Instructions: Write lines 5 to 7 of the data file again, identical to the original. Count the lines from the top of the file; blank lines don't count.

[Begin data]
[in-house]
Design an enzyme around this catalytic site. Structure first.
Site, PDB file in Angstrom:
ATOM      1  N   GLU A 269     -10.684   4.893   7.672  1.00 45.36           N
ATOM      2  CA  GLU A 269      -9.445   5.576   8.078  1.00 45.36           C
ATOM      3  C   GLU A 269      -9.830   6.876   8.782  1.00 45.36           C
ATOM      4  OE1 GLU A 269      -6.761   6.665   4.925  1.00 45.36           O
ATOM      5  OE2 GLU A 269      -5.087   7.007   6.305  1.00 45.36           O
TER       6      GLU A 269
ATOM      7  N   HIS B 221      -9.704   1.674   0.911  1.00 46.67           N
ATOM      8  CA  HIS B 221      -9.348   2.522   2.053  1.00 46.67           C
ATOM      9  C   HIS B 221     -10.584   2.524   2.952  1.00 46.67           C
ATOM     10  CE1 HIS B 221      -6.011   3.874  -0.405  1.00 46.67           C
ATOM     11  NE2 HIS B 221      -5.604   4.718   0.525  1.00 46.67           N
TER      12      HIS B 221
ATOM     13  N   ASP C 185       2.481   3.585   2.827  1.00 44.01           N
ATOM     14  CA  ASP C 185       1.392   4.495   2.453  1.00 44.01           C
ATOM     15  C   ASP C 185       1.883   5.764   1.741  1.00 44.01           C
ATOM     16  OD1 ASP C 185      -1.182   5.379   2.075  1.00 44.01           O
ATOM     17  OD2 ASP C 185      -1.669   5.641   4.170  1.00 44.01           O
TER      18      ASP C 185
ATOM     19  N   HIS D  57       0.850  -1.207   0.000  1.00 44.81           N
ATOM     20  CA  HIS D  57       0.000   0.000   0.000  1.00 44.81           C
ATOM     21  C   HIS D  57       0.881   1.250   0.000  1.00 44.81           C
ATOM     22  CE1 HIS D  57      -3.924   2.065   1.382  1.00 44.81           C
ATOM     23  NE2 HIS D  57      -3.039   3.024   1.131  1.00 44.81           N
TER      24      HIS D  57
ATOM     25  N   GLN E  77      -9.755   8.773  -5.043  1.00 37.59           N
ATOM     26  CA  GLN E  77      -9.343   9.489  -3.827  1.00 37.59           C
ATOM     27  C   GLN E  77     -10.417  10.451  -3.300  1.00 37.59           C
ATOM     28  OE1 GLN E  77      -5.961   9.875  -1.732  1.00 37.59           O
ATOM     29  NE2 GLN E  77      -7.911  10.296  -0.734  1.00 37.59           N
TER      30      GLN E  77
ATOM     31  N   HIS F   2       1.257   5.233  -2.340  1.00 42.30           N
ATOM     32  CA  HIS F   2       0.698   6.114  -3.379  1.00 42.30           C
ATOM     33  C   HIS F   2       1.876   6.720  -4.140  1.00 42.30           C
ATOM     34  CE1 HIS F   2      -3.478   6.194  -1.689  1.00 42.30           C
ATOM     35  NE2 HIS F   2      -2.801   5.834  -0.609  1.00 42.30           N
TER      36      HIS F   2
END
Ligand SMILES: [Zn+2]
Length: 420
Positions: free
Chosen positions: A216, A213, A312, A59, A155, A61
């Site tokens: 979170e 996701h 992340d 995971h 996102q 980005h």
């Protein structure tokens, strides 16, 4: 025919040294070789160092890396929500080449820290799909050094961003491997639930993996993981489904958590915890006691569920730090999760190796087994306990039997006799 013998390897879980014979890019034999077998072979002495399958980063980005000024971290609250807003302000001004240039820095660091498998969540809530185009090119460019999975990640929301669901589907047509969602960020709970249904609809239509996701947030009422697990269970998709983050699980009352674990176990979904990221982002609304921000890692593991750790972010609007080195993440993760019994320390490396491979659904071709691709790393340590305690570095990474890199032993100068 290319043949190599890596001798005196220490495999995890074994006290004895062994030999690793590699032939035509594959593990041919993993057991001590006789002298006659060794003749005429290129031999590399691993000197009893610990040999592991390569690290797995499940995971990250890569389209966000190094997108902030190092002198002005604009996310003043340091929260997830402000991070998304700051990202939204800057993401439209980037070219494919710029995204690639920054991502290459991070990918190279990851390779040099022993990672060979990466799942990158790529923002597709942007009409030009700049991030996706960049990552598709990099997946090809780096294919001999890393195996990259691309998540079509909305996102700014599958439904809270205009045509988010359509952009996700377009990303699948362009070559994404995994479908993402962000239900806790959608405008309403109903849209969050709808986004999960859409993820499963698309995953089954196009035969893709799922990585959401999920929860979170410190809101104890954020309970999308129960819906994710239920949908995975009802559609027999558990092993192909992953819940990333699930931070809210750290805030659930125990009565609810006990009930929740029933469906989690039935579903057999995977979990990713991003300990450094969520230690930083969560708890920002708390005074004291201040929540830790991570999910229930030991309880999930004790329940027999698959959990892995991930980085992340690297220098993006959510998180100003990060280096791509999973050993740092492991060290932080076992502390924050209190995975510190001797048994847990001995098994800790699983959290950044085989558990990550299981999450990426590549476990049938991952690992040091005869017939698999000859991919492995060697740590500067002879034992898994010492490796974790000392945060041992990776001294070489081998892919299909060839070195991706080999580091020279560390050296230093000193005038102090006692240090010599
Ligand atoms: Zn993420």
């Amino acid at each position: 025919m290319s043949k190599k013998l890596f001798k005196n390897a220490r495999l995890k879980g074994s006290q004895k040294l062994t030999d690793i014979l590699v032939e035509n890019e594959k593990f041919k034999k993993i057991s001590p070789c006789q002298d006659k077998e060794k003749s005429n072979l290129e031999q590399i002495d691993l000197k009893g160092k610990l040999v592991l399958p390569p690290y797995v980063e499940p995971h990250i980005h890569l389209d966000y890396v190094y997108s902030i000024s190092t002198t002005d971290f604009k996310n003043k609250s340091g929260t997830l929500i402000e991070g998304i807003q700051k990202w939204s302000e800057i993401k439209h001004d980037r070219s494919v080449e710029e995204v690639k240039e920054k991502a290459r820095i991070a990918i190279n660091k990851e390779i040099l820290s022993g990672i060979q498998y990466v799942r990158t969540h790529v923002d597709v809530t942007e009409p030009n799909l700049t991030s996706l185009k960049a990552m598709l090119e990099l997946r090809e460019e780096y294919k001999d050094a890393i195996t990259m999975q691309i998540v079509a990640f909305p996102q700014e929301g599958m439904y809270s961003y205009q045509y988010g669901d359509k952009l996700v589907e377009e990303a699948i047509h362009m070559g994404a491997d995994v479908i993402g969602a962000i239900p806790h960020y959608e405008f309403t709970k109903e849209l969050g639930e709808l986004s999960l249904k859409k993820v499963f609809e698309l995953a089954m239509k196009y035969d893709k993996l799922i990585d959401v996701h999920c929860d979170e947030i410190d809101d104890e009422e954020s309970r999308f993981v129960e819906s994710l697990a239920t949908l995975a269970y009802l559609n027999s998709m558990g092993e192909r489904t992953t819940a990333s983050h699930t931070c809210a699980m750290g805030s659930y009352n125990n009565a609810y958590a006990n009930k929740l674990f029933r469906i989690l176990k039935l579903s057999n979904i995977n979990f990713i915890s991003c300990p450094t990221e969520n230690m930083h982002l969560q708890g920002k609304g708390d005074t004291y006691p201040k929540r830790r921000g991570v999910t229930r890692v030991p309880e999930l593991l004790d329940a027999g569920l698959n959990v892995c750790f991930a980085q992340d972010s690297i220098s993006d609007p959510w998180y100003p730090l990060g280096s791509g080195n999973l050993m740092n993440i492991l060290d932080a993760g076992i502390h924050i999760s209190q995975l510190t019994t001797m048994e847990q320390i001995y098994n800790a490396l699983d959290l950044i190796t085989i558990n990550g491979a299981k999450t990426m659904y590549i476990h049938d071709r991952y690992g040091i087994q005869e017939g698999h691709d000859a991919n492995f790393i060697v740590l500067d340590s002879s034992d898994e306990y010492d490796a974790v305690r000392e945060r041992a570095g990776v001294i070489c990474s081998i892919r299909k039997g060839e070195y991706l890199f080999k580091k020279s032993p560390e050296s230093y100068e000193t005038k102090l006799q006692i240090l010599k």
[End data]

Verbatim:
ATOM      2  CA  GLU A 269      -9.445   5.576   8.078  1.00 45.36           C
ATOM      3  C   GLU A 269      -9.830   6.876   8.782  1.00 45.36           C
ATOM      4  OE1 GLU A 269      -6.761   6.665   4.925  1.00 45.36           O